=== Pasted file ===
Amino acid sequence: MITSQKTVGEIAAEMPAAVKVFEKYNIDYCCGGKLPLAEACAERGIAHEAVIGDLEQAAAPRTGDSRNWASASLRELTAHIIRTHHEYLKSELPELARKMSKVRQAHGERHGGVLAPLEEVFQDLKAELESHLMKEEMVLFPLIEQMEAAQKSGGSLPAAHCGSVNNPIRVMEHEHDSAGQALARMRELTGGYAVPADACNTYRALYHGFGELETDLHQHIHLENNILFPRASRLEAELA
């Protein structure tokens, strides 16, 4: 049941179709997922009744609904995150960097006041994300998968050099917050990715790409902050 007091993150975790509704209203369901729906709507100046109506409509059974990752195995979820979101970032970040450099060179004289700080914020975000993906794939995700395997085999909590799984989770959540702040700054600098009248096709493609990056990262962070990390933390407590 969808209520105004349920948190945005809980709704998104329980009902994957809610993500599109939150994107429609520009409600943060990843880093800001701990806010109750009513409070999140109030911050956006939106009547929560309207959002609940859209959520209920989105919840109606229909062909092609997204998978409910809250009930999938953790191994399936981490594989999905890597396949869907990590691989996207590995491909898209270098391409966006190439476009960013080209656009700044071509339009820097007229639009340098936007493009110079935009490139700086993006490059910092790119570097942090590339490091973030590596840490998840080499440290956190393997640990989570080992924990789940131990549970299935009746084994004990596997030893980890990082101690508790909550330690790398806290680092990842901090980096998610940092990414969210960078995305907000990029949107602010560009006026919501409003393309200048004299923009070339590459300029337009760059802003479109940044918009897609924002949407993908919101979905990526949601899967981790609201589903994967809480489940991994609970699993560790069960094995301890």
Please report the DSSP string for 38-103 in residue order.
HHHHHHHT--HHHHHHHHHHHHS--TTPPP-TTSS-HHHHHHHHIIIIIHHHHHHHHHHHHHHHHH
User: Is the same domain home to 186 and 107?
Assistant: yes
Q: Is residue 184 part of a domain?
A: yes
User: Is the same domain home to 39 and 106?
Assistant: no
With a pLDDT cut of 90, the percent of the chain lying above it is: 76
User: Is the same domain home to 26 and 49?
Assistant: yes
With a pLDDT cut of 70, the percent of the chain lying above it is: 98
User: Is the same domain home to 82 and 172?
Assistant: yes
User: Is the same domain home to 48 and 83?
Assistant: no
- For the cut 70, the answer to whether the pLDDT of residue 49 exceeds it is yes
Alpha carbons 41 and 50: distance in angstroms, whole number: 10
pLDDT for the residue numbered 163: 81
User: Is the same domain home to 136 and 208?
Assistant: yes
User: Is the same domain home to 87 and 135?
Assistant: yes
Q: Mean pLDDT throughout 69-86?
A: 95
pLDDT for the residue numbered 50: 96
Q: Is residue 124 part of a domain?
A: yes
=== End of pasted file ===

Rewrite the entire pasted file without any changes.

Amino acid sequence: MITSQKTVGEIAAEMPAAVKVFEKYNIDYCCGGKLPLAEACAERGIAHEAVIGDLEQAAAPRTGDSRNWASASLRELTAHIIRTHHEYLKSELPELARKMSKVRQAHGERHGGVLAPLEEVFQDLKAELESHLMKEEMVLFPLIEQMEAAQKSGGSLPAAHCGSVNNPIRVMEHEHDSAGQALARMRELTGGYAVPADACNTYRALYHGFGELETDLHQHIHLENNILFPRASRLEAELA
């Protein structure tokens, strides 16, 4: 049941179709997922009744609904995150960097006041994300998968050099917050990715790409902050 007091993150975790509704209203369901729906709507100046109506409509059974990752195995979820979101970032970040450099060179004289700080914020975000993906794939995700395997085999909590799984989770959540702040700054600098009248096709493609990056990262962070990390933390407590 969808209520105004349920948190945005809980709704998104329980009902994957809610993500599109939150994107429609520009409600943060990843880093800001701990806010109750009513409070999140109030911050956006939106009547929560309207959002609940859209959520209920989105919840109606229909062909092609997204998978409910809250009930999938953790191994399936981490594989999905890597396949869907990590691989996207590995491909898209270098391409966006190439476009960013080209656009700044071509339009820097007229639009340098936007493009110079935009490139700086993006490059910092790119570097942090590339490091973030590596840490998840080499440290956190393997640990989570080992924990789940131990549970299935009746084994004990596997030893980890990082101690508790909550330690790398806290680092990842901090980096998610940092990414969210960078995305907000990029949107602010560009006026919501409003393309200048004299923009070339590459300029337009760059802003479109940044918009897609924002949407993908919101979905990526949601899967981790609201589903994967809480489940991994609970699993560790069960094995301890």
Please report the DSSP string for 38-103 in residue order.
HHHHHHHT--HHHHHHHHHHHHS--TTPPP-TTSS-HHHHHHHHIIIIIHHHHHHHHHHHHHHHHH
User: Is the same domain home to 186 and 107?
Assistant: yes
Q: Is residue 184 part of a domain?
A: yes
User: Is the same domain home to 39 and 106?
Assistant: no
With a pLDDT cut of 90, the percent of the chain lying above it is: 76
User: Is the same domain home to 26 and 49?
Assistant: yes
With a pLDDT cut of 70, the percent of the chain lying above it is: 98
User: Is the same domain home to 82 and 172?
Assistant: yes
User: Is the same domain home to 48 and 83?
Assistant: no
- For the cut 70, the answer to whether the pLDDT of residue 49 exceeds it is yes
Alpha carbons 41 and 50: distance in angstroms, whole number: 10
pLDDT for the residue numbered 163: 81
User: Is the same domain home to 136 and 208?
Assistant: yes
User: Is the same domain home to 87 and 135?
Assistant: yes
Q: Mean pLDDT throughout 69-86?
A: 95
pLDDT for the residue numbered 50: 96
Q: Is residue 124 part of a domain?
A: yes